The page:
Table 3Cox proportional hazards model for postoperative mortality following CABG
      VariableHR (95% CI)P value
      sCAS1.28 (1.02-1.60).030
      Diabetes mellitus1.36 (1.18-1.56)<.001
      Dialysis dependency2.28 (1.54-3.36)<.001
      Chronic obstructive pulmonary disease1.49 (1.29-1.73)<.001
      Immunosuppression1.83 (1.44-2.34)<.001
      History of cerebrovascular accident1.67 (1.37-2.04)<.001
      Peripheral vascular disease1.71 (1.48-1.98)<.001
      Previous myocardial infarction1.17 (0.98-1.40).092
      Cardiac presentation
       AsymptomaticReference (Reference)Reference
       Symptoms unlikely ischemia1.12 (0.48-2.61).797
       Stable angina1.05 (0.78-1.41).736
       Unstable angina0.74 (0.58-0.93).010
       NSTEMI0.64 (0.49-0.84).001
       STEMI0.59 (0.41-0.85).004
       Symptoms equivalent to angina0.82 (0.42-1.58).551
       Other0.56 (0.33-0.95).032
      Congestive heart failure1.31 (1.09-1.56).004
      Preoperative antiplatelet0.84 (0.66-1.08).184
      Preoperative anticoagulation1.32 (1.10-1.57).003
      Intravenous inotropes1.56 (1.05-2.31).028
      Intra-aortic balloon pump use
       NoneReference (Reference)Reference
       Preoperative1.05 (0.80-1.39).716
       Intraoperative2.82 (1.96-4.08)<.001
       Postoperative10.27 (6.42-16.44)<.001
      Operative status
       ElectiveReference (Reference)Reference
       Urgent0.91 (0.74-1.13).401
       Emergent1.32 (0.94-1.86).108
      Bilateral internal mammary artery harvest0.86 (0.72-1.03).102
      Age, increasing, y1.04 (1.03-1.05)<.001
      Body mass index, increasing, kg/m21.02 (1.00-1.03).027
      Serum creatinine, increasing, mg/dL1.07 (1.01-1.14).016
      Total albumin, increasing, g/dL0.59 (0.50-0.69)<.001
      Left ventricular ejection fraction, increasing, %0.99 (0.98-0.99)<.001
      HR, Hazard ratio; CI, confidence interval; sCAS, severe carotid artery disease; NSTEMI, non-ST elevation myocardial infarction; STEMI, ST elevation myocardial infarction.

       Long-Term Readmission and Stroke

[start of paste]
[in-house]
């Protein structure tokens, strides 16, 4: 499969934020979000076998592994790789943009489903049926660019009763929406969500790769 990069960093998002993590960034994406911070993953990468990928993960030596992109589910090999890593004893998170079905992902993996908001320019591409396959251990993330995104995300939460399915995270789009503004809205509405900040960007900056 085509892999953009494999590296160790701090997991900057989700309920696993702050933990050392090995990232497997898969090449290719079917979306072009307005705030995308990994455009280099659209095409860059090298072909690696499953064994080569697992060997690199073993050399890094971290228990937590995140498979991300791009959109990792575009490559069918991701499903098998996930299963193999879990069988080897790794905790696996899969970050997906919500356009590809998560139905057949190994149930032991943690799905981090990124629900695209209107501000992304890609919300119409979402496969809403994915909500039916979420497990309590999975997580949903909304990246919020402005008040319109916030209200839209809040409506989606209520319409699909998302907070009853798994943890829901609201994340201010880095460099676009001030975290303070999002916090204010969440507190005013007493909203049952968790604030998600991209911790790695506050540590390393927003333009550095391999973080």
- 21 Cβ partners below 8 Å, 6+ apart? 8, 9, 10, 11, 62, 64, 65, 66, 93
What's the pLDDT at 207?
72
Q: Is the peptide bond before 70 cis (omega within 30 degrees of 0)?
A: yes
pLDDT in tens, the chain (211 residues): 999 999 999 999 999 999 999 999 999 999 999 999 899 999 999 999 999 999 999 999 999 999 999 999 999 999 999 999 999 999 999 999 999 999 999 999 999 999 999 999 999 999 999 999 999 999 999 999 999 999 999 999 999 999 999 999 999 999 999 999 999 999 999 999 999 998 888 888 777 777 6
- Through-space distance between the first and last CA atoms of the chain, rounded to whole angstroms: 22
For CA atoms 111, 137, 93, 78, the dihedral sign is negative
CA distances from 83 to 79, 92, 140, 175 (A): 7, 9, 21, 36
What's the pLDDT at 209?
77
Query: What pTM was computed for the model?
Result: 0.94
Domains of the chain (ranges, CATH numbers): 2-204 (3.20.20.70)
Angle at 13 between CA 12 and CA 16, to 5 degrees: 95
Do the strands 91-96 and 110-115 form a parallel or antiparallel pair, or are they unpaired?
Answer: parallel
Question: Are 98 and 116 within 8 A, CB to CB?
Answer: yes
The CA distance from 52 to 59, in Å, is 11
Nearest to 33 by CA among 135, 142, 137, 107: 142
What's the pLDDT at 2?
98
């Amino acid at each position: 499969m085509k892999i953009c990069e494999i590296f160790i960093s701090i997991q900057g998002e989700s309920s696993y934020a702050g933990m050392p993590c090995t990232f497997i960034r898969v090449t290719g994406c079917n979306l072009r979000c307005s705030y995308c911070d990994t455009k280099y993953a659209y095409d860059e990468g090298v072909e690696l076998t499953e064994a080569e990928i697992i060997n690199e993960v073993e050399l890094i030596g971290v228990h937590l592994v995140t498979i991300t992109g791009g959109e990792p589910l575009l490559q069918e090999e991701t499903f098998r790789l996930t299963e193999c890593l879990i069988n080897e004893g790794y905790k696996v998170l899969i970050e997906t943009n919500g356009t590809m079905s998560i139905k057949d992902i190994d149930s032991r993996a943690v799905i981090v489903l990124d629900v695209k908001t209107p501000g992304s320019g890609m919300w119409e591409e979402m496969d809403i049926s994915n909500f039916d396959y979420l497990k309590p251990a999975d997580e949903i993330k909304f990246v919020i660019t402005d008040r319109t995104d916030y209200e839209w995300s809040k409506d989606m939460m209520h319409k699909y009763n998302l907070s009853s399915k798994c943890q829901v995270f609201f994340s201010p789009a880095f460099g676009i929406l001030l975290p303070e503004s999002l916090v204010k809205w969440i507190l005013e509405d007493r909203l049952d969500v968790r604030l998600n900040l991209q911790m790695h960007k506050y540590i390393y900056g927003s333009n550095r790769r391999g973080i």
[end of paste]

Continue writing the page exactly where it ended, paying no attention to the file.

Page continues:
The median duration of follow-up was 4.56 years (IQR, 3.02-6.45 years). Freedom from all-cause readmission was greater in the cohort without sCAS (53.13% vs 42.92%, P < .001). Overall rate of stroke was also lower in the cohort without sCAS (4.09% vs 7.19%, P < .001) (Figures 2 and 3).
      Figure thumbnail gr2
      Figure 2Competing incidence of stroke readmission following coronary artery bypass grafting in patients with and without severe carotid artery stenosis (sCAS). In this analysis, death was the competing event. The shaded band represents 95% confidence interval (CI). HR, Hazard ratio.
      Figure thumbnail gr3
      Figure 3In addition to a higher rate of postoperative stroke, patients with severe carotid artery stenosis (sCAS) demonstrated significantly higher cumulative incidence of stroke readmission following coronary artery bypass grafting (CABG) surgery at 5 years. The shaded band represents 95% confidence interval (CI). HR, Hazard ratio.
      Multivariable competing risk analysis was performed to identify risk-adjusted predictors for postoperative stroke. In this model, presence of sCAS was associated in increased hazards for stroke (HR 1.76, CI 95% 1.20-2.59, P = .004). Other risk-adjusted predictors for stroke were history of prior CVA (HR 2.51, CI 95% 1.77-3.55, P < .001), diabetes mellitus (HR 1.58, CI 95% 1.21-2.08, P = .001), and black race (HR 1.94, CI 95% 1.24-3.02, P = .004). There were no risk-adjusted predictors for reduced risk for stroke identified in this model (Table 4).
      Table 4Competing risk analysis for stroke readmission by the Fine and Gray model, with death as a competing event
      VariableHR (95% CI)P value
      sCAS1.76 (1.20-2.59).004
      Left ventricular ejection fraction, increasing, %0.99 (0.98-1.00).119
      Total albumin, increasing, g/dL0.88 (0.66-1.18).386
      Body mass index, increasing, m20.98 (0.96-1.00).078
      Age, increasing, y1.01 (1.00-1.03).073
      Intra-aortic balloon pump usage
       NoneReference (Reference)Reference
       Preoperative0.58 (0.31-1.09).090
       Intraoperative0.63 (0.20-2.01).433
       PostoperativeNA (NA)NA
      Congestive heart failure0.89 (0.60-1.32).565
      Previous myocardial infarction1.20 (0.90-1.61).217
      Peripheral vascular disease1.18 (0.87-1.61).295
      History of cerebrovascular accident2.51 (1.77-3.55)<.001
      Immunosuppression1.59 (0.99-2.56).057
      Chronic obstructive pulmonary disease1.12 (0.83-1.52).462
      Diabetes mellitus1.58 (1.21-2.08).001
      Race
       WhiteReference (Reference)Reference
       Black1.94 (1.24-3.02).004
       Other1.33 (0.65-2.71).438
      Female sex1.20 (0.91-1.59).192
      HR, Hazard ratio; CI, confidence interval; sCAS, severe carotid artery disease; NA, not applicable.

       Sub-Analysis: Intraoperative Hemodynamics